The Feldenkrais Method

How is it possible to clearly express (with your body, the instrument, the voice)

what we are, what we wish to say, to sing…. How is it possible to be truly connected to your inner self in your artistic activity?

The artist, can easily forget the importance of physical wellbeing, as he or she is constantly submitted to the demands of pose, gesture, listening and reading. These occupations can decrease the artists emotional perception and expressive abilities.

The Feldenkrais Method is a premise to an increased state of alertness, to improvement of the interior energy flux’s (both organic, emotional and intellectual), and offers enhancement of the artistic qualities such as scenic presence and musical expression.

The conception of the program is modern and original. Clearly, the spirit of Feldenkrais is to sustain the ideal of a healthy mind, living in a healthy body.

The method systematically avoids any mystification and any abstract theories.

The program was developed in the 1940’s by Moshe Feldenkrais. As an engineer and skilled in martial arts, he began studying the functions of the human body and the nerve-system, after a serious injure of his knee due to an accident.

His observations start at the point, where all our movements and our poses, are the expression of a sensorial and motional scheme that is imprinted in our nerve-system. Our education, our habits, our wounds, even the recovered ones, leave traces in this scheme, that little by little makes us lose the physical flexibility of our age as children.


The purpose of the method is to regain this flexibility, and to let our nerve-system have access to unknown and forgotten movements.

Since our sensorial and motional scheme is sub-conscious, one must pass through a phase of becoming aware of our habits and eventual limitations: this awareness is granted through the observation of our movements.

Simple and progressive sequences make us develop our awareness (the perception of the body, the pose and its movements) and to find better solutions to gestures that correspond to our intentions, that are more efficient and that enriches our sensorial abilities as well as our possibilities in action.

Therefor, the Feldenkrais Method is of greater interest for anyone who’s professional and creative venture implies a physical and sensorial effort, such as among others, musicians, dancers, actors as well as any person that seeking increased comfort at their job and in their daily life.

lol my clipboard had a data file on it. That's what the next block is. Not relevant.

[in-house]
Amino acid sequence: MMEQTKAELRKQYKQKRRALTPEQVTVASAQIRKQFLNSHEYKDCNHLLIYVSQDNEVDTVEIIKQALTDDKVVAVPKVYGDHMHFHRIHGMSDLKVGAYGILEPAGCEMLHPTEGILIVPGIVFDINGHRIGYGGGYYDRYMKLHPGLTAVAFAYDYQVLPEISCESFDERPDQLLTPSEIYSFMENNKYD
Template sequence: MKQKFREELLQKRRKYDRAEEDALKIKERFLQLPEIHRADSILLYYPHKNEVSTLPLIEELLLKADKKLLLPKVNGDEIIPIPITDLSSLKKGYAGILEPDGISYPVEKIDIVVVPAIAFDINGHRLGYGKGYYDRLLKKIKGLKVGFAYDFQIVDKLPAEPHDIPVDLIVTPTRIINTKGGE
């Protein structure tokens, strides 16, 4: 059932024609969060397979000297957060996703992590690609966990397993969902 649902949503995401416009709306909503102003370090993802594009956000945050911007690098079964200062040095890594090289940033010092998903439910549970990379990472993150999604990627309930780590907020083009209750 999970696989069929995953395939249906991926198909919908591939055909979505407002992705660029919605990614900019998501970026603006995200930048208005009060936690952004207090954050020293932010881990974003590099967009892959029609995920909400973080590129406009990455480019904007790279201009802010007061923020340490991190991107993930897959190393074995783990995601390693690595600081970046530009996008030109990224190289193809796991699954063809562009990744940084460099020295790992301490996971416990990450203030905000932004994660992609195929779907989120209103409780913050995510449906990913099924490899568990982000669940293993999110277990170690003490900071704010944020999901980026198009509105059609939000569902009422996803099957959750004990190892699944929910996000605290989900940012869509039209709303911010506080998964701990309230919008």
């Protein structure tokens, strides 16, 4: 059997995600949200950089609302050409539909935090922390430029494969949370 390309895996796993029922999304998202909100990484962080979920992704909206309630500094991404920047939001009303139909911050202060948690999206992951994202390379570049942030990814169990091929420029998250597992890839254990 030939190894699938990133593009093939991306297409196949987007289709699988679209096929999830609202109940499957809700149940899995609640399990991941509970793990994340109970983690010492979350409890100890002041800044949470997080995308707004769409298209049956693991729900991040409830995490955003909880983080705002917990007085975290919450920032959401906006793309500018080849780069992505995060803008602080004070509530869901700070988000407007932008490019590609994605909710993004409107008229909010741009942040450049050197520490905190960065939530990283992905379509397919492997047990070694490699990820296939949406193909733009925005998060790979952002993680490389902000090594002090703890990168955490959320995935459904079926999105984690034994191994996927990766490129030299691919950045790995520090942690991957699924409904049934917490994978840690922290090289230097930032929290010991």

About Moshe Feldenkrais


Born in Russia in 1904, he then travelled to Palestina at the age of 14, where he stayed for a period of ten years. Starting his studies in Paris 1928, he then experiences a stimulating environment: after his studies at the ESTP to become an engineer, he works in a laboratory under Frédéric Joliot-Curie, Irène Curie (Nobel price of chemistry in 1935) and Paul Langevin. He obtains a Doctors degree in Physical Sience.

In 1933 he also meets Jigoro Kano – the founder of Judo – and accepts to participate in the introduction of Judo in the European countries. Thus, MF links the Japanese training to the French federative environment. He becomes the founder of The French Ju Jitsu Club, produces several works, and also one of the first European citizens to obtain the black belt of Judo. 

As a physician, he develops a conception of the body as a physical reality, the weight and the substances being balanced in the dimension of space, using the forces to stay in an upright position and to execute movements.

As an expert in Judo, he develops a conception of efficient and harmonious schemes of movement, while spending a minimum of energy.

Through his Hassidic Jewish roots, he maintains his interest for asking questions and to reflect to a problem from every possible angle. The environment in which he evolved was ready for the doctrine that he proposed.

By accident, he was injured in his knee. This incident was determinative for the orientation of his research: facing the incapacity of the medical science to offer recovery to a normal utilization of his wounded knee, he then turned towards himself and his own capacities. He observes the intern mechanisms of his body. He then discovers a dimension that he never stops to explore, in every way, in every manner, throughout his entire life, expanding his research by the neuro-scientific knowledge of his époque.

He concluded that his capacity to move without pain was depending on the specificities of his movements and that these could be readjusted through an effortless process. With the help of his wife, a paediatric doctor, he discovers the method that children use to learn new movements, and then applies his observations of this process while helping adults. 

After the Second World War, he progressively excludes his engagement in Physical and Electronic Sciences, to concentrate his entire effort on the research that ultimately becomes his method. He teaches in Europe, in the USA, in Australia and in Israel, where he died in 1984.